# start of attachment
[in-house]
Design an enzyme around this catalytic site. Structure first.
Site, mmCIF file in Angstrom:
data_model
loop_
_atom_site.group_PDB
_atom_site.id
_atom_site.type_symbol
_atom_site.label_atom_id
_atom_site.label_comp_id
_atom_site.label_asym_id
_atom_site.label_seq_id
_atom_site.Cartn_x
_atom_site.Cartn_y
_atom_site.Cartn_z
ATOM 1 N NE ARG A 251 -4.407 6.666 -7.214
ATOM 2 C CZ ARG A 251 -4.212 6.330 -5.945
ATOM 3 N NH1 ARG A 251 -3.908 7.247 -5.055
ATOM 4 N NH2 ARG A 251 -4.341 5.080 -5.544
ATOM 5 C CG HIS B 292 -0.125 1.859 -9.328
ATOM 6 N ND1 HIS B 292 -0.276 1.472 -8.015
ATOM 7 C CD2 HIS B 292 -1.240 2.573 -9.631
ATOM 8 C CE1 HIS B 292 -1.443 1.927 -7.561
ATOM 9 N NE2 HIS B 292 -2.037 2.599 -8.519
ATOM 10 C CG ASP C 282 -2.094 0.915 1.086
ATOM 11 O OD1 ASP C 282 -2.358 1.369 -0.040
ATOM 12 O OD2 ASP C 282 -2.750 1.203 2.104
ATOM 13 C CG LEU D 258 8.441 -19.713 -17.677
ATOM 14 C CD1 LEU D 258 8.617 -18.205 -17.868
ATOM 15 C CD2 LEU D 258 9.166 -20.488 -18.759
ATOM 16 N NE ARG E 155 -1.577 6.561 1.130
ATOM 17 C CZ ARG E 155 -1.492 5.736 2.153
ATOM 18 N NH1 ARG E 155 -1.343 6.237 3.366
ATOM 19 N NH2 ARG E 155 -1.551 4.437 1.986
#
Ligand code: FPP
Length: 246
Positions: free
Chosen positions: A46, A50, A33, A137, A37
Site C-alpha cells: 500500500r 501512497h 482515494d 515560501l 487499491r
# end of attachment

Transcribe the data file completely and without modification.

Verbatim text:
[in-house]
Design an enzyme around this catalytic site. Structure first.
Site, mmCIF file in Angstrom:
data_model
loop_
_atom_site.group_PDB
_atom_site.id
_atom_site.type_symbol
_atom_site.label_atom_id
_atom_site.label_comp_id
_atom_site.label_asym_id
_atom_site.label_seq_id
_atom_site.Cartn_x
_atom_site.Cartn_y
_atom_site.Cartn_z
ATOM 1 N NE ARG A 251 -4.407 6.666 -7.214
ATOM 2 C CZ ARG A 251 -4.212 6.330 -5.945
ATOM 3 N NH1 ARG A 251 -3.908 7.247 -5.055
ATOM 4 N NH2 ARG A 251 -4.341 5.080 -5.544
ATOM 5 C CG HIS B 292 -0.125 1.859 -9.328
ATOM 6 N ND1 HIS B 292 -0.276 1.472 -8.015
ATOM 7 C CD2 HIS B 292 -1.240 2.573 -9.631
ATOM 8 C CE1 HIS B 292 -1.443 1.927 -7.561
ATOM 9 N NE2 HIS B 292 -2.037 2.599 -8.519
ATOM 10 C CG ASP C 282 -2.094 0.915 1.086
ATOM 11 O OD1 ASP C 282 -2.358 1.369 -0.040
ATOM 12 O OD2 ASP C 282 -2.750 1.203 2.104
ATOM 13 C CG LEU D 258 8.441 -19.713 -17.677
ATOM 14 C CD1 LEU D 258 8.617 -18.205 -17.868
ATOM 15 C CD2 LEU D 258 9.166 -20.488 -18.759
ATOM 16 N NE ARG E 155 -1.577 6.561 1.130
ATOM 17 C CZ ARG E 155 -1.492 5.736 2.153
ATOM 18 N NH1 ARG E 155 -1.343 6.237 3.366
ATOM 19 N NH2 ARG E 155 -1.551 4.437 1.986
#
Ligand code: FPP
Length: 246
Positions: free
Chosen positions: A46, A50, A33, A137, A37
Site C-alpha cells: 500500500r 501512497h 482515494d 515560501l 487499491r